In May 1994 we had the first visit of our Russian friends to our country. On a normal midweek Thursday the Li-2 landed at Texel International Airport, an airport on the largest of our North sea Islands. The crew had made a 9:21 hrs direct flight from Moscow-Sheremetjevo Airport and needed to stretch their legs! After refueling, they left for Paris-Le Bourget as guests of a war bird airshow. They returned a few days later on Sunday in order to give us the first chance to fly on board of the Lisunov, quite an experience. The aircraft has the basic bucket seats that we know very well from the Dakota. Oleg and his crew gave us a ride around the island and we all experienced the best three pointer landing ever.
The best still had to come, the Operation Market Garden 1944-1994 Memorial. The Li-2 was planned for parachute drops with US and English WWII veterans. The weather on Saturday 17th September 1994 was that bad, that most of the parachute drops had to be canceled. During the morning hours however, the Li-2 flew with several Dakotas over former WWII DZ's and glider landing sites, low cloud base and bad visibility made flying impossible for the rest of the day. The veterans would get a second chance in 1995! During Sunday 18th September we made many pleasure flights, especially over the Nijmegen area, where Lord Carrington was the leader of a Sherman tank convoy like he did in 1944 on the same place. Many people were very surprised to see a "Dakota", this time with a big red star flying over the former battlefields. We all regard it as an illustration of the new relations between former East and West, a new cooperation between former allies.
During the celebrations of May 1995 on the occasion of VE-Day and the liberation of the
Netherlands the Li-2 returned to our country. We flew on board the aircraft when dropping food over the former dropping zones, quite an experience. The veterans of US 101st ABD finally had their chance to jump over the former battlefields and they enjoyed it every time again. It gave an extra dimension to the peace process that they jumped this time out of a Russian built DC-3!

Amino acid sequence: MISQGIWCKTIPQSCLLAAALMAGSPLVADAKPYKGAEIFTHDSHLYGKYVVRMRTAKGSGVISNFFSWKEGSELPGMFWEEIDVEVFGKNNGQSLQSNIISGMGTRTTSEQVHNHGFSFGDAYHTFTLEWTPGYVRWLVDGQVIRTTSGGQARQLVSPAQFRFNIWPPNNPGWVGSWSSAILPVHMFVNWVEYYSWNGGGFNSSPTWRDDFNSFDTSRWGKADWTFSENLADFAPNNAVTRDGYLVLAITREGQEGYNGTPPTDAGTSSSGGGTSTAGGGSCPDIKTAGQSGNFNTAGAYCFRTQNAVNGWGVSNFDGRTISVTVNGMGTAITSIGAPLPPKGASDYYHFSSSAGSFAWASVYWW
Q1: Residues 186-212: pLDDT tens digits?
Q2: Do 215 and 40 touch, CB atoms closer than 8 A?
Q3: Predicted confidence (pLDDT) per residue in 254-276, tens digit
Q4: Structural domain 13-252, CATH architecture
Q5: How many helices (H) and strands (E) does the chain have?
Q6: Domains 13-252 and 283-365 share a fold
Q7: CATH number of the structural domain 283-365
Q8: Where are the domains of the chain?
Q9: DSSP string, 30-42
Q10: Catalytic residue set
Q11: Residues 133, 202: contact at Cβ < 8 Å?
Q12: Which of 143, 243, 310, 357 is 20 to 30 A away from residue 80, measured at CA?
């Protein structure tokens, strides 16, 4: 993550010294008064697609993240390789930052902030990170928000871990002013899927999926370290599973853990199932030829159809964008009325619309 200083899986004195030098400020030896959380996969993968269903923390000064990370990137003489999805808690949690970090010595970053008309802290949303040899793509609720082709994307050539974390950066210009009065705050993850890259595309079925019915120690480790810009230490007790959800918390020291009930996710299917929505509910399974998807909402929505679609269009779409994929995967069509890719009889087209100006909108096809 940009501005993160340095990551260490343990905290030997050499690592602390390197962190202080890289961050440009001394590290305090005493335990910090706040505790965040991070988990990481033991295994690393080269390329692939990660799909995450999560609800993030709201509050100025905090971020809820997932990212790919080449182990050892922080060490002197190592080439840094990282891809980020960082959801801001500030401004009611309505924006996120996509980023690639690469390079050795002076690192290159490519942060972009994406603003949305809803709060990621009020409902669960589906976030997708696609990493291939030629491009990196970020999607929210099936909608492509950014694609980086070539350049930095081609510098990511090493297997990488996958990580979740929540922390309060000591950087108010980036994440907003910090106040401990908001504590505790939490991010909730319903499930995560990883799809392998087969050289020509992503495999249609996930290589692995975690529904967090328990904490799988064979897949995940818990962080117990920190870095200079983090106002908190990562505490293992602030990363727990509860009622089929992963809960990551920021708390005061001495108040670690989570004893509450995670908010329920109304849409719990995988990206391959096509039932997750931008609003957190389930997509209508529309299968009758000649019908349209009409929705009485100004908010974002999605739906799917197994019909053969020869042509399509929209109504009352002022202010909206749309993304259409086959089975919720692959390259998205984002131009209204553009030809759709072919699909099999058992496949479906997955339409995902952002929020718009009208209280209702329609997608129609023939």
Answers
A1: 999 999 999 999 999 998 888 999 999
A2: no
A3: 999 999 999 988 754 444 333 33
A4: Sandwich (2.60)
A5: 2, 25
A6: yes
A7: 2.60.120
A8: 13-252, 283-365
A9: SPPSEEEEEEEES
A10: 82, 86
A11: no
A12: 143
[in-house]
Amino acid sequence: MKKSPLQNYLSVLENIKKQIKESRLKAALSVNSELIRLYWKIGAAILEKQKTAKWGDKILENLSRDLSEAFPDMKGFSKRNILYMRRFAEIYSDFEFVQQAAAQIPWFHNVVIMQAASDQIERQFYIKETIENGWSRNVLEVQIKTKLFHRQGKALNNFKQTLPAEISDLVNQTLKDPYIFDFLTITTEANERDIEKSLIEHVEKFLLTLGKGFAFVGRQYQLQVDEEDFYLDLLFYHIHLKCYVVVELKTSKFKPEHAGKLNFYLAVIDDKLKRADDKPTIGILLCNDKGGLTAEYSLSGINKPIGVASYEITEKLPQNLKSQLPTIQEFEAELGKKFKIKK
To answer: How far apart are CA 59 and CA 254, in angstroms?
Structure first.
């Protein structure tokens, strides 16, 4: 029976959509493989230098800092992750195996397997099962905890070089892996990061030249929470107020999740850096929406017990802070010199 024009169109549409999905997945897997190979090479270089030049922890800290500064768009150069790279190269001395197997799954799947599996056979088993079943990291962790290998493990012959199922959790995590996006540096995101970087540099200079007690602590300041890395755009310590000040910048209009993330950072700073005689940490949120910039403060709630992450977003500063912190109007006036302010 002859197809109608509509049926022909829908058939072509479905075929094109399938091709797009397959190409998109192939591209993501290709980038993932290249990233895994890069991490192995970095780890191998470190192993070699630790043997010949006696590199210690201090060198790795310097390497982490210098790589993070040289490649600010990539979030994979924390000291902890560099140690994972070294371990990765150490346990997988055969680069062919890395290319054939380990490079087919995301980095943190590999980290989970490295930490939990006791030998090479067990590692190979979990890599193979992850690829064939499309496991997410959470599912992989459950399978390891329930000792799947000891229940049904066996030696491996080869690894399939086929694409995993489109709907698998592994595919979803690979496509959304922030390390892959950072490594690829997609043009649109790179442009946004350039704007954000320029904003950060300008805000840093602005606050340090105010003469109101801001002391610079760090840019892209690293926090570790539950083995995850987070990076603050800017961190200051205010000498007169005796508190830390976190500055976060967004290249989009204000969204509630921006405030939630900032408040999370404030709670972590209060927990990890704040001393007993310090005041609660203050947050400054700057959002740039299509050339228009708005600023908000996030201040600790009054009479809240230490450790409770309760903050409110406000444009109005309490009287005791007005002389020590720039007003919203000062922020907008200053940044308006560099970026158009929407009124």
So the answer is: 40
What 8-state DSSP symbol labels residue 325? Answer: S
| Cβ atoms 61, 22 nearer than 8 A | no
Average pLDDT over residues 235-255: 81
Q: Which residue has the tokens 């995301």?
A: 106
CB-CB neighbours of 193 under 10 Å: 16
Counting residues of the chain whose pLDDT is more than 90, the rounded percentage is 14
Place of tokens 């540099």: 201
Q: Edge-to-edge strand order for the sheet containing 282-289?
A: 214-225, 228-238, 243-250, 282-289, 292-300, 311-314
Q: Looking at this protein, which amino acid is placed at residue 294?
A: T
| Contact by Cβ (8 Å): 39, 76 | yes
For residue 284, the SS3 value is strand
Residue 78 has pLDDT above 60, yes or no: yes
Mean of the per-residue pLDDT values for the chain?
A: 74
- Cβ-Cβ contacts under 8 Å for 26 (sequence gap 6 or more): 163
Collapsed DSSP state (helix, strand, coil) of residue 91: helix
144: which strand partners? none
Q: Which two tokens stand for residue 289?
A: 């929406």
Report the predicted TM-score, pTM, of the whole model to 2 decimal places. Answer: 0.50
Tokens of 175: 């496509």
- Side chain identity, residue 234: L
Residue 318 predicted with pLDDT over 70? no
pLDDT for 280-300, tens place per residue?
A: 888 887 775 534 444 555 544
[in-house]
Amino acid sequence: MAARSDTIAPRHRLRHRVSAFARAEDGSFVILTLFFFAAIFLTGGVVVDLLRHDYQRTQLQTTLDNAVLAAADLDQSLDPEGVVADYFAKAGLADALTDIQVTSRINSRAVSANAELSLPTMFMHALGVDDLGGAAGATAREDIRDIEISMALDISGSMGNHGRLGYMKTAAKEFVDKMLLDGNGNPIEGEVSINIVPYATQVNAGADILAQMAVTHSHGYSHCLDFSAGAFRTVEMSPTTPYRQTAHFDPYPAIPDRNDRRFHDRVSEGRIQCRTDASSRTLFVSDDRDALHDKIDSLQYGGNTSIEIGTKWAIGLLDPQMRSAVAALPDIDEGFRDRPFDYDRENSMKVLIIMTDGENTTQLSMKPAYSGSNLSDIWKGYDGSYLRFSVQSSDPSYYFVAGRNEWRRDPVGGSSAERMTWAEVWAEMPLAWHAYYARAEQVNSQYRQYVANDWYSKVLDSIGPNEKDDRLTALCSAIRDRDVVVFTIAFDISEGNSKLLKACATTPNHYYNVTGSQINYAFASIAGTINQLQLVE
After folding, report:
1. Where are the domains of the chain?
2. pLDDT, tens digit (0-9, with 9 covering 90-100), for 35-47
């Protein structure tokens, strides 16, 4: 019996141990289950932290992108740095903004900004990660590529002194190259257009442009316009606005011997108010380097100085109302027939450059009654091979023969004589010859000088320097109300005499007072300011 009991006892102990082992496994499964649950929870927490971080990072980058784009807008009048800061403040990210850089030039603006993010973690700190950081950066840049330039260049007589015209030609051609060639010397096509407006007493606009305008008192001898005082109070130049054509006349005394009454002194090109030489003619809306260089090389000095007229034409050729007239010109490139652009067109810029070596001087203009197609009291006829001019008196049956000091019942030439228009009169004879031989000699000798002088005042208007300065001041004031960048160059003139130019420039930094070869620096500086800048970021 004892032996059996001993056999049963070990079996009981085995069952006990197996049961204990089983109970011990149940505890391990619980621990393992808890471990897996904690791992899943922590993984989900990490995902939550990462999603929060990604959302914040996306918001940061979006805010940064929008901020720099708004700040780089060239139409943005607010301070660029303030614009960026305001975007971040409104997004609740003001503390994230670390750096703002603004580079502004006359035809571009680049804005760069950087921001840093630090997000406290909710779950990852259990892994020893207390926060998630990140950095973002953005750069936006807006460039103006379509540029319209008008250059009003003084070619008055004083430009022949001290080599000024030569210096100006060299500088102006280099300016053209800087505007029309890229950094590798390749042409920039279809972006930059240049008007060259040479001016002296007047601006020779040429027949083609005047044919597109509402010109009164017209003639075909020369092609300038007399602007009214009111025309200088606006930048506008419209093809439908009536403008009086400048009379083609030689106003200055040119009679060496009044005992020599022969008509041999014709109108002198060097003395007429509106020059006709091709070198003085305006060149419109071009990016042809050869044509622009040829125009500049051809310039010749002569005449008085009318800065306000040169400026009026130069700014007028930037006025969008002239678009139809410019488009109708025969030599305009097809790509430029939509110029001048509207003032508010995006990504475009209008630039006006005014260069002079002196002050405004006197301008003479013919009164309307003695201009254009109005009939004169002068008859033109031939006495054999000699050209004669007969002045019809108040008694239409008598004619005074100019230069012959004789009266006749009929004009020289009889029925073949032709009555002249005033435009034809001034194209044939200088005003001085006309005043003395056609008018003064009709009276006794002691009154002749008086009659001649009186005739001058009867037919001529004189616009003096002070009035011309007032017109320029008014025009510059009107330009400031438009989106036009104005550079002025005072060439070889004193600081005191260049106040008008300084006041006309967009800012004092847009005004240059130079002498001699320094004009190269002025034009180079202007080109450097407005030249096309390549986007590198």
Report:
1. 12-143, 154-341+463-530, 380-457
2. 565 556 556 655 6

An interesting engine-modification is known from China, one of the largest users. In 1951, three aircraft engine repair factories were set up by the Chinese government. These were located in Harbin, Shenyang and Zhuzhou. During the Korean War, the factories received the rights to manufacture various Russian designed engines.
During that war, a total of 27,000 engines in 30 types have been repaired or overhauled for the Air Force. In 1956, the Zhuzhou Aeroengine Factory ZEF started the production of the HS5 engine for the Y-5, the Chinese version of the Antonov An-2. This largest biplane of the world had the same engine as the Li-2 and gradually the Chinese Li-2's received the Chinese engines as well. The production of the HS5 engine was rather successful. Up to 1986 (!), more than 2,600 HS5 engines were built, especially for the Y-5 and Li-2. Basically the engine is the same as the 9 cylinder air cooled Wright R.1820.
Another special modification of the Chinese aircraft engineers was to use four-blade propellers in stead of the standard three-blade props. Photos of these versions came available some years ago when the Chinese museums were opened to visitors from Western countries.
Lisunov Li-2's have flown in (ex-) Communist countries until very recently. The Chinese Government had Li-2's operational until the mid-eighties. In the early nineties, the Russian FLARF (Federation of Amateur Aviators in the Russian Federation) restored a Li-2 to airworthy condition. The aircraft was built with c/n 23441605, indicating that it was the fifth aircraft in batch 416, built in factory GAZ #34 (i.e. Tashkent) in the year 1952. The history of the aircraft is rather vague, a rather well known problem with most Russian aircraft. It flew as transport with the Soviet Air Force with registration "Red 03". The aircraft was off charge since a decade and stored at Moscow-Tushino. It was used in movies since then, keeping it more or less in condition. In 1993 the Lisunov was restored to airworthy condition by members of the FLARF. Driving force behind the restoration is Oleg Lyakishev, vice-president of the FLARF and captain of the Li-2. With civil registration RA-01300 the aircraft has visited Western Europe several times. The trip to EAA-Oshkosh in 1995 had to be canceled, because of some misunderstandings with US authorities. Another trip is planned for the future.
Special thanks to:
Oleg Lyakishev, Alexander Melikov and the rest of the crew of RA-01300, Maurice Wickstead for his superb translations of Hungarian and Polish texts, Maarten Brouwer and the late Evert Reydon (who flew in a Li-2 even before I could write the name!)